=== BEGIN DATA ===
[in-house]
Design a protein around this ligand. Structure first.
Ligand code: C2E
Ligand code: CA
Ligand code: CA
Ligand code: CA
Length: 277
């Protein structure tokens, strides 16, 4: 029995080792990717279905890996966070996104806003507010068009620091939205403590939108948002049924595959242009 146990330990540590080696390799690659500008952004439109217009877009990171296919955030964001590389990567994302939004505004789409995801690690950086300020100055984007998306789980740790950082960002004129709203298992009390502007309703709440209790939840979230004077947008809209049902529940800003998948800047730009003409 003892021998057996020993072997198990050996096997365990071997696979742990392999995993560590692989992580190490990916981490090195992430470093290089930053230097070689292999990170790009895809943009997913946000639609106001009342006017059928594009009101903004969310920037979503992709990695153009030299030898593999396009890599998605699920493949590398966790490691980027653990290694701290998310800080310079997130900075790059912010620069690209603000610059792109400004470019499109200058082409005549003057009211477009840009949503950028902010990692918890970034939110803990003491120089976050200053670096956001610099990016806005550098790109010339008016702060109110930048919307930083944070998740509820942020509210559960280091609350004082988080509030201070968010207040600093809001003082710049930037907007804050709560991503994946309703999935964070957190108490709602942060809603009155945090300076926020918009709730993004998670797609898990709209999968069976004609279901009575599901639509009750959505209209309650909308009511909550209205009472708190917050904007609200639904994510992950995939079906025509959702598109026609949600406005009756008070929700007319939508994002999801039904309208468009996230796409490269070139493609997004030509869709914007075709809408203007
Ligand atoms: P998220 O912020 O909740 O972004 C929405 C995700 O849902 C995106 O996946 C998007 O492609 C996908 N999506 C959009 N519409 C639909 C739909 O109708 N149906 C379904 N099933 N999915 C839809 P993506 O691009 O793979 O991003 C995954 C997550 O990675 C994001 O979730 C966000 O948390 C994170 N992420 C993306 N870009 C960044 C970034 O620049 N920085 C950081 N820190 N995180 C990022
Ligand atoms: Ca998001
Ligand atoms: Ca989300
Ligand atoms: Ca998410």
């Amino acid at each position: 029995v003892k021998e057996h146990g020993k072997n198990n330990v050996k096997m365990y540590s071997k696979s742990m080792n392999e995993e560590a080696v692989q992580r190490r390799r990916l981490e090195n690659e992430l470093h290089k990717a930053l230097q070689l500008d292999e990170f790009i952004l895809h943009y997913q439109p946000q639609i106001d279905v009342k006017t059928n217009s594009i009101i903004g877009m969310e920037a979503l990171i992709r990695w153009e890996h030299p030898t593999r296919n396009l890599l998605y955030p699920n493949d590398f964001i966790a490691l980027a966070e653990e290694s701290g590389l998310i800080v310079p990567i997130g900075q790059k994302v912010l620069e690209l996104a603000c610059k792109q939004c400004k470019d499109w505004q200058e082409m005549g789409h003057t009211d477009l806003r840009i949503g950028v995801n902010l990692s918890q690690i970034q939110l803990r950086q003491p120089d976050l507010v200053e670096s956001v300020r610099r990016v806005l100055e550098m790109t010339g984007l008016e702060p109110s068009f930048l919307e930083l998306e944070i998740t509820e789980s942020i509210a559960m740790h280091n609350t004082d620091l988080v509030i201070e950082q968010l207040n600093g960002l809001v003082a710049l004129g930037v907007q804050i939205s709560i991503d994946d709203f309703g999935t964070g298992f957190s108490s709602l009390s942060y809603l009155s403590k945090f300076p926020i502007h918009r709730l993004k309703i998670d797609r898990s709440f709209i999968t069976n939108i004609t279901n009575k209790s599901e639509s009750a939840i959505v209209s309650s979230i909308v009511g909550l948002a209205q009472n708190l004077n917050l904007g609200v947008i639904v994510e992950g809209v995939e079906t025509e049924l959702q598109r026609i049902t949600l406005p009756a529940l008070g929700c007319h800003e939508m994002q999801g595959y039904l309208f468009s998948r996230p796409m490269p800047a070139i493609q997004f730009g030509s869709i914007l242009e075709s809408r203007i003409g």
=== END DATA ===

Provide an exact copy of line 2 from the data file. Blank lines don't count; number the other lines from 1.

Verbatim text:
Design a protein around this ligand. Structure first.